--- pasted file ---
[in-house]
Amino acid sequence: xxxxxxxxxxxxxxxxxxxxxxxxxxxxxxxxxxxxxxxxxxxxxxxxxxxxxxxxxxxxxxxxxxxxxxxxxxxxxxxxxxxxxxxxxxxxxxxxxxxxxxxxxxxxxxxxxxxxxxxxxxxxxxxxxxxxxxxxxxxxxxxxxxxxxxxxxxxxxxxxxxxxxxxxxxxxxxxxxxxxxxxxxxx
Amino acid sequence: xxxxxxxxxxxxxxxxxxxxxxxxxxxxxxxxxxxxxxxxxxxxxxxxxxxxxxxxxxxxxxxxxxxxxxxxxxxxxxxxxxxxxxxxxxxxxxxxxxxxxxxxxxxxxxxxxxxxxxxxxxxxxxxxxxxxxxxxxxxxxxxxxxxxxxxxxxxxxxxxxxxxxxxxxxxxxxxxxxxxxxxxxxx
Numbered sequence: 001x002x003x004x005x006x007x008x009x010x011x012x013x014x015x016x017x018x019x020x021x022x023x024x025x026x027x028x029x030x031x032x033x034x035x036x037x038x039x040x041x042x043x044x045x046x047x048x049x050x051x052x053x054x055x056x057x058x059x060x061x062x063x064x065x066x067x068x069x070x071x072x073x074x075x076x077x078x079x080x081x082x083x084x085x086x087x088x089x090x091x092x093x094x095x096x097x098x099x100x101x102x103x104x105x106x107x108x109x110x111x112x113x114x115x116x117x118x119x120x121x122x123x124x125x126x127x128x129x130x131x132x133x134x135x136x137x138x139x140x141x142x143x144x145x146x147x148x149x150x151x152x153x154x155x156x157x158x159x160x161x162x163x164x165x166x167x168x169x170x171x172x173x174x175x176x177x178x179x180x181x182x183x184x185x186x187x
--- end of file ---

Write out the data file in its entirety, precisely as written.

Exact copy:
[in-house]
Amino acid sequence: xxxxxxxxxxxxxxxxxxxxxxxxxxxxxxxxxxxxxxxxxxxxxxxxxxxxxxxxxxxxxxxxxxxxxxxxxxxxxxxxxxxxxxxxxxxxxxxxxxxxxxxxxxxxxxxxxxxxxxxxxxxxxxxxxxxxxxxxxxxxxxxxxxxxxxxxxxxxxxxxxxxxxxxxxxxxxxxxxxxxxxxxxxx
Amino acid sequence: xxxxxxxxxxxxxxxxxxxxxxxxxxxxxxxxxxxxxxxxxxxxxxxxxxxxxxxxxxxxxxxxxxxxxxxxxxxxxxxxxxxxxxxxxxxxxxxxxxxxxxxxxxxxxxxxxxxxxxxxxxxxxxxxxxxxxxxxxxxxxxxxxxxxxxxxxxxxxxxxxxxxxxxxxxxxxxxxxxxxxxxxxxx
Numbered sequence: 001x002x003x004x005x006x007x008x009x010x011x012x013x014x015x016x017x018x019x020x021x022x023x024x025x026x027x028x029x030x031x032x033x034x035x036x037x038x039x040x041x042x043x044x045x046x047x048x049x050x051x052x053x054x055x056x057x058x059x060x061x062x063x064x065x066x067x068x069x070x071x072x073x074x075x076x077x078x079x080x081x082x083x084x085x086x087x088x089x090x091x092x093x094x095x096x097x098x099x100x101x102x103x104x105x106x107x108x109x110x111x112x113x114x115x116x117x118x119x120x121x122x123x124x125x126x127x128x129x130x131x132x133x134x135x136x137x138x139x140x141x142x143x144x145x146x147x148x149x150x151x152x153x154x155x156x157x158x159x160x161x162x163x164x165x166x167x168x169x170x171x172x173x174x175x176x177x178x179x180x181x182x183x184x185x186x187x